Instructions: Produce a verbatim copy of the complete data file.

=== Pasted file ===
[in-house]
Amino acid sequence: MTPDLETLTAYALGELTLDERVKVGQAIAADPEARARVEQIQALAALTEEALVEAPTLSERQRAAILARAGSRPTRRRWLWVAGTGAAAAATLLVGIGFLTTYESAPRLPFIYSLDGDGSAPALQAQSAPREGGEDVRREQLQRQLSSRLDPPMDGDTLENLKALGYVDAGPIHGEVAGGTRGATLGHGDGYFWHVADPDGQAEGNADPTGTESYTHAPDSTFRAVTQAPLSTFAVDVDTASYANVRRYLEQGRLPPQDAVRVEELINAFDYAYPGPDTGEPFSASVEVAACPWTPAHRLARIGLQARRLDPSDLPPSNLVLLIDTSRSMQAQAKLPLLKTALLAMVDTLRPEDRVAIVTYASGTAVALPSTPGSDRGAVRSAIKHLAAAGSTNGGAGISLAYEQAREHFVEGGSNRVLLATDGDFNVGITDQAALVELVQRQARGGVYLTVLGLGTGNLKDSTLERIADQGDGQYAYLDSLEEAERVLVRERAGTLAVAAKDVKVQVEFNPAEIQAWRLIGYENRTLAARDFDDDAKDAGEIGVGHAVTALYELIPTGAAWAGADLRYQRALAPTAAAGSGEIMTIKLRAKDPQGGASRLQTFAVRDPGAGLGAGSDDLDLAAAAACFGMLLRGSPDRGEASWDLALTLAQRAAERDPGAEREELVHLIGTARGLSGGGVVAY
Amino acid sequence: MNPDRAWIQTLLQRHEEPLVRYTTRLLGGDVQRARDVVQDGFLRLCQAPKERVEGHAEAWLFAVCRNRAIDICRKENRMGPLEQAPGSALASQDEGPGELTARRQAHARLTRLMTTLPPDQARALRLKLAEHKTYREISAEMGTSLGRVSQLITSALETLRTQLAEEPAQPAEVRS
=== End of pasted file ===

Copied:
[in-house]
Amino acid sequence: MTPDLETLTAYALGELTLDERVKVGQAIAADPEARARVEQIQALAALTEEALVEAPTLSERQRAAILARAGSRPTRRRWLWVAGTGAAAAATLLVGIGFLTTYESAPRLPFIYSLDGDGSAPALQAQSAPREGGEDVRREQLQRQLSSRLDPPMDGDTLENLKALGYVDAGPIHGEVAGGTRGATLGHGDGYFWHVADPDGQAEGNADPTGTESYTHAPDSTFRAVTQAPLSTFAVDVDTASYANVRRYLEQGRLPPQDAVRVEELINAFDYAYPGPDTGEPFSASVEVAACPWTPAHRLARIGLQARRLDPSDLPPSNLVLLIDTSRSMQAQAKLPLLKTALLAMVDTLRPEDRVAIVTYASGTAVALPSTPGSDRGAVRSAIKHLAAAGSTNGGAGISLAYEQAREHFVEGGSNRVLLATDGDFNVGITDQAALVELVQRQARGGVYLTVLGLGTGNLKDSTLERIADQGDGQYAYLDSLEEAERVLVRERAGTLAVAAKDVKVQVEFNPAEIQAWRLIGYENRTLAARDFDDDAKDAGEIGVGHAVTALYELIPTGAAWAGADLRYQRALAPTAAAGSGEIMTIKLRAKDPQGGASRLQTFAVRDPGAGLGAGSDDLDLAAAAACFGMLLRGSPDRGEASWDLALTLAQRAAERDPGAEREELVHLIGTARGLSGGGVVAY
Amino acid sequence: MNPDRAWIQTLLQRHEEPLVRYTTRLLGGDVQRARDVVQDGFLRLCQAPKERVEGHAEAWLFAVCRNRAIDICRKENRMGPLEQAPGSALASQDEGPGELTARRQAHARLTRLMTTLPPDQARALRLKLAEHKTYREISAEMGTSLGRVSQLITSALETLRTQLAEEPAQPAEVRS